Climate Change & Economy

 
 

To solve the climate crisis, the world must cut its reliance on fossil fuels and make the transition to renewable energy and a low-carbon economy.  But this transition has to be a just and fair one. Our challenge as activists is to support the communities that depend on fossil fuels for their livelihoods through this shift so that the burden of change does not fall disproportionately on any one group and all citizens benefit from a clean energy future. 

For two centuries, Pittsburgh made its name as a hub of heavy industry. Workers toiled in the city’s steel mills and miners in western Pennsylvania helped power America with coal mined from the “Pittsburgh coal bed,” the thickest and most extensive coal bed in the Appalachian Basin. [12] However, as the region’s extractive and manufacturing industries steadily decline, and mines continue to close, [13] affected communities are increasingly being left on their own, without jobs or opportunities. Further exacerbating the problem, the Trump administration’s proposed budget would eliminate funding for the Appalachian Regional Commission, a federal economic development agency designed to lift up these affected regions by providing retraining and other assistance. [14]

In stark contrast, the Pittsburgh region has been evolving from a center for manufacturing into a multi-industry hub for education, healthcare, technology, and sustainable development, creating new opportunities for workers and becoming the second-ranked large metro center for upward mobility. Renewable energy and energy efficiency have played a central role in this transition and today, statewide the sector now employs some 70,000 workers – more than coal, oil, and natural gas sectors combined. [15] Plus, these jobs are growing at time when Allegheny County leads the state in clean energy jobs. [16]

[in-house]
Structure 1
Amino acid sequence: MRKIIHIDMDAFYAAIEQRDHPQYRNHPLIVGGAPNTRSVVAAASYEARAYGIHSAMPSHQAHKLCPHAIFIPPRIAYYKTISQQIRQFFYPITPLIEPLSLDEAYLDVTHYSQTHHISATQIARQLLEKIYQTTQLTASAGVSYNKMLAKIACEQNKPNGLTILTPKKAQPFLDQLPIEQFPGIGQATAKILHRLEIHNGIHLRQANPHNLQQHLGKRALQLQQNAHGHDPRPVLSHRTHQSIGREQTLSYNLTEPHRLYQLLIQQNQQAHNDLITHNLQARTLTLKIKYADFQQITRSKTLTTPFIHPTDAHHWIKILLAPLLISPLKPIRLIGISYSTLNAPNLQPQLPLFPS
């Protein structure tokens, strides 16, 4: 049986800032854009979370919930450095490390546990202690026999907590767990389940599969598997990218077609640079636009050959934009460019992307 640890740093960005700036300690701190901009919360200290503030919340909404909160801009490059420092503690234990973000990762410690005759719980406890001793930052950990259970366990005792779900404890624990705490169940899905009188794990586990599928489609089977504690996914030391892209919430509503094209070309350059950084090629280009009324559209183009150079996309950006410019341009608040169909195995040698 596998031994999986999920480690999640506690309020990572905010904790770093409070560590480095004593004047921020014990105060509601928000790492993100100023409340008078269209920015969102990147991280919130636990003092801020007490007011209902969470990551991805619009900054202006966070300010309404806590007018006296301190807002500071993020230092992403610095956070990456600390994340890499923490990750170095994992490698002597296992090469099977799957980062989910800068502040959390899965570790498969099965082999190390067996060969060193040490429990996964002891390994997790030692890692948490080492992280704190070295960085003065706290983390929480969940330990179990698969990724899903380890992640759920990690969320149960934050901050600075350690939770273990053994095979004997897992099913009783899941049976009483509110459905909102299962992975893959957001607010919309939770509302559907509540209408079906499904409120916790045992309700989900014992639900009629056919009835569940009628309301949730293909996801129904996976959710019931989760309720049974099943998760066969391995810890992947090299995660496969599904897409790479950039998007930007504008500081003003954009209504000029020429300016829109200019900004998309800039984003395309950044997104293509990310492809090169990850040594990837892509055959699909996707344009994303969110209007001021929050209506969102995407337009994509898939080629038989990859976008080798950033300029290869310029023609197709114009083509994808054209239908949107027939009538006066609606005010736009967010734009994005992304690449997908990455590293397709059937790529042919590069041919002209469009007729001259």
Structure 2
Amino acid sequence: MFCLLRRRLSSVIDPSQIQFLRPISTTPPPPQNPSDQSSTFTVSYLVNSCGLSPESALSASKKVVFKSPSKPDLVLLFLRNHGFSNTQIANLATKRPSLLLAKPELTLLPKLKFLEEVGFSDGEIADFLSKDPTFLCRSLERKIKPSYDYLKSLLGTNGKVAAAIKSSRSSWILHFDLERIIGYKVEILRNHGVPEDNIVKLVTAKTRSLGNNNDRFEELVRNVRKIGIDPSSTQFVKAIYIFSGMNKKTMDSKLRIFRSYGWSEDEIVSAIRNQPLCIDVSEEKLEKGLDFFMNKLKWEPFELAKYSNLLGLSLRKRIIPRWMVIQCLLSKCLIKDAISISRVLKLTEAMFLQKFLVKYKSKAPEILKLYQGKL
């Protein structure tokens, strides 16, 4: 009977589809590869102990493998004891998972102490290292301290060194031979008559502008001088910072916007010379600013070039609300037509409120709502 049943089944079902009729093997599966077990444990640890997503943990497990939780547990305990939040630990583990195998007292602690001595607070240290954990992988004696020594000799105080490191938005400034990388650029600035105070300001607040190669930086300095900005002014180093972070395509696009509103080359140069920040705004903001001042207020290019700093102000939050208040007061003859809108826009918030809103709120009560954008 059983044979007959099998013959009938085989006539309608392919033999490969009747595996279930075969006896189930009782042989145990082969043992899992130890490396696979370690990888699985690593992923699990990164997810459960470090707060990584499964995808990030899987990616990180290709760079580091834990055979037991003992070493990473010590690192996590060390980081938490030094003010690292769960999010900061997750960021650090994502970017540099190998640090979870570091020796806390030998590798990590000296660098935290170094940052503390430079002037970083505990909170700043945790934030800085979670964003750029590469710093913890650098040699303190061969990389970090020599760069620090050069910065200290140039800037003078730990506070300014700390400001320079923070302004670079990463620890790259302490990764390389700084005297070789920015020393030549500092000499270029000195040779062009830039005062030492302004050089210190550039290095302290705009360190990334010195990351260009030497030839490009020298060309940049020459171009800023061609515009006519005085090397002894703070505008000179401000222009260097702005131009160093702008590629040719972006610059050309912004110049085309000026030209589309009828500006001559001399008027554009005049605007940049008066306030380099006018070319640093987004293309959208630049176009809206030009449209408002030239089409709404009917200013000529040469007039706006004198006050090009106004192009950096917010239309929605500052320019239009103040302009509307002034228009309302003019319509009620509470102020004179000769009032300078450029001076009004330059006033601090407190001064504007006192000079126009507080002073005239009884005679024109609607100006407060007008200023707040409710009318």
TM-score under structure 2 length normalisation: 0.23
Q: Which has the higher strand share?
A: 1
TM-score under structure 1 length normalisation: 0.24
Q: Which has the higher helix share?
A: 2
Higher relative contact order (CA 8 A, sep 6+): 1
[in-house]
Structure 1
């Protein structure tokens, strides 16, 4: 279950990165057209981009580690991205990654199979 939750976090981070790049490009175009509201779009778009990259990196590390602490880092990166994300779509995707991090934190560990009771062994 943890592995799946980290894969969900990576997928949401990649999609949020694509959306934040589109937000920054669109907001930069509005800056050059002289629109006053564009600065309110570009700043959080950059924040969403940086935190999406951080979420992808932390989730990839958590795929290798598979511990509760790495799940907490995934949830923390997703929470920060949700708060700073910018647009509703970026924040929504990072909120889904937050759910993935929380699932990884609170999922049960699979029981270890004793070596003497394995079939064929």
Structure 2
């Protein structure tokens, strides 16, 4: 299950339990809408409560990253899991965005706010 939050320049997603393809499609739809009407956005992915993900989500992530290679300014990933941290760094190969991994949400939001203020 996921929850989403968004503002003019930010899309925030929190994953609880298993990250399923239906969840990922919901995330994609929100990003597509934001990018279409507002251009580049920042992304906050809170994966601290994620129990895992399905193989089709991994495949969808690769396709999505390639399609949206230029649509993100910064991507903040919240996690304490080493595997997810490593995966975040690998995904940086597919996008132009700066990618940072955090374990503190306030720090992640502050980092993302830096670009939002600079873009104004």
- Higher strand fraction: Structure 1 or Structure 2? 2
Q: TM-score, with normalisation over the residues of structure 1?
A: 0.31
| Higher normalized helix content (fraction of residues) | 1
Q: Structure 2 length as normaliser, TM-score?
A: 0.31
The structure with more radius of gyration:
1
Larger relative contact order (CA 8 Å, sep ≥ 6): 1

The challenge for policymakers and activists alike is to ensure these same opportunities reach communities in the Keystone State where mining and resource extraction are not only bedrocks of the regional economy, but have supported generations and become central to local culture. Commitment to a just transition calls on activists to work for retraining programs that help workers develop highly-marketable skills and tap into the new sectors and industries in western Pennsylvania that continue to grow.

  Photo (c)2016 by Jay Kuntz; used with permission

Photo (c)2016 by Jay Kuntz; used with permission

 

Impacts on Agriculture, Infrastructure, and Economy

 
  Pittsburgh. Photo by Chris Litherland Photography

Pittsburgh. Photo by Chris Litherland Photography

• Pennsylvania’s agriculture, including the dairy industry in Pennsylvania, is likely to be negatively affected by climate change due to losses in milk yields caused by heat stress and lower levels of forage quality [35].

• Forests are the dominant land use in Pennsylvania. Climate change is expected to result in changes in suitable habitat for species. Those where Pennsylvania is currently at the southern extent of their suitable habitat will likely become increasingly stressed [23].

• Warming may promote the growth of weeds, which can reduce crop yields. It may also lead to a northward expansion of plant parasites and insects, and overwintering insects, such as the corn flea beetle, presenting different challenges than those faced today [36].

• Climate change is more likely to have negative consequences on land values in the southern portions of Pennsylvania [34].

 

• Temperature and precipitation variability, along with increased weather extremes and changes in disease and insects may lead to a greater demand by farmers for risk management products such as crop insurance [37].

• Extreme weather, the likes of which is expected to increase with climate change, can cause costly damage to infrastructure. For instance, five major flooding events in Delaware Canal State Park since 2000 have cost Pennsylvania taxpayers over $32 million in repairs [38].

• Winter recreation in Pennsylvania, such as downhill ski and snowboard resorts, are expected to take a significant hit as winter low temperatures continue to rise and a higher proportion of precipitation is expected to fall as rain as opposed to snow. This will have significant impacts on winter recreation [39 or 24]. Much of Pennsylvania is projected to have insufficient snow cover, a 20 to 60 percent decrease [40], by the end of the century to support skiing or snowmobiling, and insufficient ice to support ice fishing [41].